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How The World Sees The US Shutdown

PARIS – The United States woke up Tuesday to a rather expected, but nonetheless stunning government shutdown after Congress failed to agree on a new budget by the midnight deadline in a political standoff over Republican attempts to reverse President Obama's landmark health care reform.

The government is forced to put an end to non-essential services, an estimated 800,000 federal employees face unpaid leave beginning Tuesday, with no guarantee of back pay once the deadlock is over.

Goldman Sachs estimated that the U.S. could lose as much as 0.9% of its GDP this quarter if the shutdown lasted three weeks. This domestic political row from the world's largest economy and, er, temporarily lamest democracy are bound to have reverberations around the world.

British Prime Minister David Cameron told the BBC radio: "It is a risk to the world economy if the United States can't properly sort out its spending plans and its deficit reduction plans."

The shutdown is the leading story on many top global news outlets:

Commentators are chiming in:

- In French daily Le Figaro, Pierre-Yves Duguawrites: "The U.S. is being humiliated by the inability of its political system to carry out its primary mission: to pass a budget."

- In Germany's leading business daily Frankfurter Allgemeine Zeitung, Patrick Welter writes: "The failure to reach agreement casts a dark shadow on the next and more important forthcoming round in the fiscal row."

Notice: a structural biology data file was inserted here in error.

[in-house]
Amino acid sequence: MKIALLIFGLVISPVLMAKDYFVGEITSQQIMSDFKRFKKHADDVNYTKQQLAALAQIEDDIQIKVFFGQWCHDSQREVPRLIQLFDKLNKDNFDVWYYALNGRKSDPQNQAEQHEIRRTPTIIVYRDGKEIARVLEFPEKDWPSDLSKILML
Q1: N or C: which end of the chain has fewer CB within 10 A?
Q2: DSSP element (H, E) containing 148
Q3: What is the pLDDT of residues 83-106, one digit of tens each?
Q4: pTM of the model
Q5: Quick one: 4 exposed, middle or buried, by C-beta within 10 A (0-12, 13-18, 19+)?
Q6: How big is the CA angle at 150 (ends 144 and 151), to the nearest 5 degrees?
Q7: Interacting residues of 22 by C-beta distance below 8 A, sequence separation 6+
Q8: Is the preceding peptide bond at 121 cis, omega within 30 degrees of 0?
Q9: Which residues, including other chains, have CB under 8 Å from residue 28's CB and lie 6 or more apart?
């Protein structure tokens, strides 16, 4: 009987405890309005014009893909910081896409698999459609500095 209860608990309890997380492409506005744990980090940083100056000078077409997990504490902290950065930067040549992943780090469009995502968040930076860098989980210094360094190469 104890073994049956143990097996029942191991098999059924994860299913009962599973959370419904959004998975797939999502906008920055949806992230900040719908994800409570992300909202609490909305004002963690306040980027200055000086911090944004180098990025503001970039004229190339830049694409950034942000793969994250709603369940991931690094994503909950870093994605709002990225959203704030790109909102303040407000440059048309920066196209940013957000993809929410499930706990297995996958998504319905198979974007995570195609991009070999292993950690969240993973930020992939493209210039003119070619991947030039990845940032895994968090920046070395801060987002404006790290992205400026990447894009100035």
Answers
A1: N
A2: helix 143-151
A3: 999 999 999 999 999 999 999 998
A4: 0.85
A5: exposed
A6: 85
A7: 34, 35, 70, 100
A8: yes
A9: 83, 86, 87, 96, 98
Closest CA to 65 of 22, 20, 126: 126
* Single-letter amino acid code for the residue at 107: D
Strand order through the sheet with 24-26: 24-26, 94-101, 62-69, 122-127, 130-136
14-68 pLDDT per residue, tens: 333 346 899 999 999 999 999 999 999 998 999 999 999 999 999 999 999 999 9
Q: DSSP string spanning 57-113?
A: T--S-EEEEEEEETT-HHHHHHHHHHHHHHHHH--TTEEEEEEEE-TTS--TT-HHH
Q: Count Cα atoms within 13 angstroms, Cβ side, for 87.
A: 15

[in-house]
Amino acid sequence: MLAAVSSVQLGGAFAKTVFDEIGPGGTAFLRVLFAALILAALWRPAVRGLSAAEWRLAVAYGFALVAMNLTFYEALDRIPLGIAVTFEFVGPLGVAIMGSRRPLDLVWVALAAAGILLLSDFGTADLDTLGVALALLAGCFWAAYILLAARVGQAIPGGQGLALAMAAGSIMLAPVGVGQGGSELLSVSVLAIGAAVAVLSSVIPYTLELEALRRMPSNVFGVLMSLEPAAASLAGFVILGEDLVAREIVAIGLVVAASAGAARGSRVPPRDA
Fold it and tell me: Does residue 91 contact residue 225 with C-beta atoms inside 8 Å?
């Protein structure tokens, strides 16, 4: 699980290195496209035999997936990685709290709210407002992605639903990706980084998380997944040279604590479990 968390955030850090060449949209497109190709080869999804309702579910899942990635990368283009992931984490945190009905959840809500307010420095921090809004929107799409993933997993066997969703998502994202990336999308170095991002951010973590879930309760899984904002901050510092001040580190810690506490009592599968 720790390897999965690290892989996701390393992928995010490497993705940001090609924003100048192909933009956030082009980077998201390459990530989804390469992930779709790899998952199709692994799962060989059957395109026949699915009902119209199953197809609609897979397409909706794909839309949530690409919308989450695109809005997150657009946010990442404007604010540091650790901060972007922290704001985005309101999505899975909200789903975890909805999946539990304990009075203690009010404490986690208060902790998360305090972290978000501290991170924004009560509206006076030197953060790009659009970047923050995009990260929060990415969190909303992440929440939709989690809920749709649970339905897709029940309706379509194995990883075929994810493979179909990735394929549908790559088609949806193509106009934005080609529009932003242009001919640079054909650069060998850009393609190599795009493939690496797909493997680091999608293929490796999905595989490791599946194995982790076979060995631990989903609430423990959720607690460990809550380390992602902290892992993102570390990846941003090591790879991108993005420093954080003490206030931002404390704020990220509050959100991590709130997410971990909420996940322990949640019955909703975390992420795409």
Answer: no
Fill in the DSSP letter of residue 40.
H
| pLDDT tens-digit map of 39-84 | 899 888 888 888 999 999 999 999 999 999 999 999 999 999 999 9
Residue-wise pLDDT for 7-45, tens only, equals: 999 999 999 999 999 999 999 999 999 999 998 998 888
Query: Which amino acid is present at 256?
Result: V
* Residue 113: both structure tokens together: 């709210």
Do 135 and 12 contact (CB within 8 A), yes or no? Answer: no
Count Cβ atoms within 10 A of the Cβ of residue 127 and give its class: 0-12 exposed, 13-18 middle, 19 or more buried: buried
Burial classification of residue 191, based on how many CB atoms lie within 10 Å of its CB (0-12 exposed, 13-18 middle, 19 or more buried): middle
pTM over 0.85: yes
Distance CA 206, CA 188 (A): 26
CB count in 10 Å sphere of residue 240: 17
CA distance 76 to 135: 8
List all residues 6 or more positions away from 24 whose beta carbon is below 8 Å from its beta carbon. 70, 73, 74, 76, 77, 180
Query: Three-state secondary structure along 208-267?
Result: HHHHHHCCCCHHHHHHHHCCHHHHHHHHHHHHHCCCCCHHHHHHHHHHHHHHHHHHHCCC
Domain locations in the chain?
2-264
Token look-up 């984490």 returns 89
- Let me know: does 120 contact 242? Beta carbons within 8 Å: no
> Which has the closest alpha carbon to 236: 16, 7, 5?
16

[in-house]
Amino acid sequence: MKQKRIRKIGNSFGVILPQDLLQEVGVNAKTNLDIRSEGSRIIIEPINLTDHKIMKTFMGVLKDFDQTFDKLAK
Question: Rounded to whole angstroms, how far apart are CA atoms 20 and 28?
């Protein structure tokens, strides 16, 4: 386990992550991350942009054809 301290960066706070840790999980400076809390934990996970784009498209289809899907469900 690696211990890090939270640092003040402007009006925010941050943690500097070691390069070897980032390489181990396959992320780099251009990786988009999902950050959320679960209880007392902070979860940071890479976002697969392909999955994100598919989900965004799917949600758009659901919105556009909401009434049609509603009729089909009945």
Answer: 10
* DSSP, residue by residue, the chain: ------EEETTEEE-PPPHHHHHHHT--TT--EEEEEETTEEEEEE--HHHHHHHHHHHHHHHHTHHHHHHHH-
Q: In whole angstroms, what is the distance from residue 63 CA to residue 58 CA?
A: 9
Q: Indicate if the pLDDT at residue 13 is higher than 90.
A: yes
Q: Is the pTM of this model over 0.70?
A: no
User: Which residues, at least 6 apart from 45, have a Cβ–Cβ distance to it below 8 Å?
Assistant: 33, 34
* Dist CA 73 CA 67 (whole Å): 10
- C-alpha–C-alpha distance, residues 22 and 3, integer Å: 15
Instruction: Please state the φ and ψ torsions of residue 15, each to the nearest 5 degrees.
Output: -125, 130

- Andrew Coyne of Canada's National Post adds: "Today’s crisis is driven not by the leadership or even the majority of the Republican party, but by an intense and disciplined minority, itself a product of the changes that have overtaken the country in recent years.

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Geopolitics

New Probe Finds Pro-Bolsonaro Fake News Dominated Social Media Through Campaign

Ahead of Brazil's national elections Sunday, the most interacted-with posts on Facebook, Twitter, YouTube, Telegram and WhatsApp contradict trustworthy information about the public’s voting intentions.

Jair Bolsonaro bogus claims perform well online

Cris Faga/ZUMA
Laura Scofield and Matheus Santino

SÂO PAULO — If you only got your news from social media, you might be mistaken for thinking that Jair Bolsonaro is leading the polls for Brazil’s upcoming presidential elections, which will take place this Sunday. Such a view flies in the face of what most of the polling institutes registered with the Superior Electoral Court indicate.

An exclusive investigation by the Brazilian investigative journalism agency Agência Pública has revealed how the most interacted-with and shared posts in Brazil on social media platforms such as Facebook, Twitter, Telegram and WhatsApp share data and polls that suggest victory is certain for the incumbent Bolsonaro, as well as propagating conspiracy theories based on false allegations that research institutes carrying out polling have been bribed by Bolsonaro’s main rival, former president Luís Inácio Lula da Silva, or by his party, the Workers’ Party.

Agência Pública’s reporters analyzed the most-shared posts containing the phrase “pesquisa eleitoral” [electoral polls] in the period between the official start of the campaigning period, on August 16, to September 6. The analysis revealed that the most interacted-with and shared posts on social media spread false information or predicted victory for Jair Bolsonaro.

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